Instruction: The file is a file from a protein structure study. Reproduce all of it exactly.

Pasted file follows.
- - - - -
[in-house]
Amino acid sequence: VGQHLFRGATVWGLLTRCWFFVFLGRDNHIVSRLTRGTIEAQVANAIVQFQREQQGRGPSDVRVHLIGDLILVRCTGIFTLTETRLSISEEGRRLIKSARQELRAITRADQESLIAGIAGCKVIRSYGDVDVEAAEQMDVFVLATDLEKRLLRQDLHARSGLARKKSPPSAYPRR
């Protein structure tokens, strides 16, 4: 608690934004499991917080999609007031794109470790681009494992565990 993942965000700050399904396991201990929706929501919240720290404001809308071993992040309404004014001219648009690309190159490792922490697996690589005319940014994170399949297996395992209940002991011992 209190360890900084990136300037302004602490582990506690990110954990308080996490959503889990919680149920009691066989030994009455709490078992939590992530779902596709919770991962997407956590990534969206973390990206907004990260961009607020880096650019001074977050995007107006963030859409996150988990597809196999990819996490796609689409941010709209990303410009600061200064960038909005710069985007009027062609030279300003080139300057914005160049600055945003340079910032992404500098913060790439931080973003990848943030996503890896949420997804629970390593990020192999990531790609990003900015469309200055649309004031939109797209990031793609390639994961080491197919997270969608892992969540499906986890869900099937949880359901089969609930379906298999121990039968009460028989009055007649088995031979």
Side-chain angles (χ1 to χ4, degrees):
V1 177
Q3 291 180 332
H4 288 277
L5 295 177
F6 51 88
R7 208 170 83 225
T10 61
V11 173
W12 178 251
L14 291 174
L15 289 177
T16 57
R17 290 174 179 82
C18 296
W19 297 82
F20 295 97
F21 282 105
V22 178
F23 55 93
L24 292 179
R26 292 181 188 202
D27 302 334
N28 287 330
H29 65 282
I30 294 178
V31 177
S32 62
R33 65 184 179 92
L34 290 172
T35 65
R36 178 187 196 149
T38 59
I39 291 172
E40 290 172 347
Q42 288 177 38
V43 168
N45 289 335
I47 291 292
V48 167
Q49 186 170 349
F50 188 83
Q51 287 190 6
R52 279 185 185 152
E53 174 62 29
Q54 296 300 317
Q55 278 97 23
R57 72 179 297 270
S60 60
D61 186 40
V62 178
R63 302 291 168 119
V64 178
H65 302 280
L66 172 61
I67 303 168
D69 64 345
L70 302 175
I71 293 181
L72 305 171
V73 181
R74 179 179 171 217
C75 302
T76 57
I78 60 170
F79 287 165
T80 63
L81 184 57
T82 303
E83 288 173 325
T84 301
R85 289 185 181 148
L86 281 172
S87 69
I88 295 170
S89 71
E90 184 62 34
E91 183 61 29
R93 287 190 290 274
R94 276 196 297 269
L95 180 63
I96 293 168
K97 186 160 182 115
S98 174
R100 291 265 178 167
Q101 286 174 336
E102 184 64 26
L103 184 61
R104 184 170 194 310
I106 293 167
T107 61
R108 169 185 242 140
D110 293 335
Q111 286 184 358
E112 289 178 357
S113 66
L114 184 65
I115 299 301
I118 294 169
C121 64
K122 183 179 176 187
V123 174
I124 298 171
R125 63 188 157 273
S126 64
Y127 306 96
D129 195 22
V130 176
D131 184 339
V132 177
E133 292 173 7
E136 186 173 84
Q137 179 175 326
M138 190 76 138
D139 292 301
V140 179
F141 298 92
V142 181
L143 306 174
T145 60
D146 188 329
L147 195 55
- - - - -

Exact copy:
[in-house]
Amino acid sequence: VGQHLFRGATVWGLLTRCWFFVFLGRDNHIVSRLTRGTIEAQVANAIVQFQREQQGRGPSDVRVHLIGDLILVRCTGIFTLTETRLSISEEGRRLIKSARQELRAITRADQESLIAGIAGCKVIRSYGDVDVEAAEQMDVFVLATDLEKRLLRQDLHARSGLARKKSPPSAYPRR
């Protein structure tokens, strides 16, 4: 608690934004499991917080999609007031794109470790681009494992565990 993942965000700050399904396991201990929706929501919240720290404001809308071993992040309404004014001219648009690309190159490792922490697996690589005319940014994170399949297996395992209940002991011992 209190360890900084990136300037302004602490582990506690990110954990308080996490959503889990919680149920009691066989030994009455709490078992939590992530779902596709919770991962997407956590990534969206973390990206907004990260961009607020880096650019001074977050995007107006963030859409996150988990597809196999990819996490796609689409941010709209990303410009600061200064960038909005710069985007009027062609030279300003080139300057914005160049600055945003340079910032992404500098913060790439931080973003990848943030996503890896949420997804629970390593990020192999990531790609990003900015469309200055649309004031939109797209990031793609390639994961080491197919997270969608892992969540499906986890869900099937949880359901089969609930379906298999121990039968009460028989009055007649088995031979």
Side-chain angles (χ1 to χ4, degrees):
V1 177
Q3 291 180 332
H4 288 277
L5 295 177
F6 51 88
R7 208 170 83 225
T10 61
V11 173
W12 178 251
L14 291 174
L15 289 177
T16 57
R17 290 174 179 82
C18 296
W19 297 82
F20 295 97
F21 282 105
V22 178
F23 55 93
L24 292 179
R26 292 181 188 202
D27 302 334
N28 287 330
H29 65 282
I30 294 178
V31 177
S32 62
R33 65 184 179 92
L34 290 172
T35 65
R36 178 187 196 149
T38 59
I39 291 172
E40 290 172 347
Q42 288 177 38
V43 168
N45 289 335
I47 291 292
V48 167
Q49 186 170 349
F50 188 83
Q51 287 190 6
R52 279 185 185 152
E53 174 62 29
Q54 296 300 317
Q55 278 97 23
R57 72 179 297 270
S60 60
D61 186 40
V62 178
R63 302 291 168 119
V64 178
H65 302 280
L66 172 61
I67 303 168
D69 64 345
L70 302 175
I71 293 181
L72 305 171
V73 181
R74 179 179 171 217
C75 302
T76 57
I78 60 170
F79 287 165
T80 63
L81 184 57
T82 303
E83 288 173 325
T84 301
R85 289 185 181 148
L86 281 172
S87 69
I88 295 170
S89 71
E90 184 62 34
E91 183 61 29
R93 287 190 290 274
R94 276 196 297 269
L95 180 63
I96 293 168
K97 186 160 182 115
S98 174
R100 291 265 178 167
Q101 286 174 336
E102 184 64 26
L103 184 61
R104 184 170 194 310
I106 293 167
T107 61
R108 169 185 242 140
D110 293 335
Q111 286 184 358
E112 289 178 357
S113 66
L114 184 65
I115 299 301
I118 294 169
C121 64
K122 183 179 176 187
V123 174
I124 298 171
R125 63 188 157 273
S126 64
Y127 306 96
D129 195 22
V130 176
D131 184 339
V132 177
E133 292 173 7
E136 186 173 84
Q137 179 175 326
M138 190 76 138
D139 292 301
V140 179
F141 298 92
V142 181
L143 306 174
T145 60
D146 188 329
L147 195 55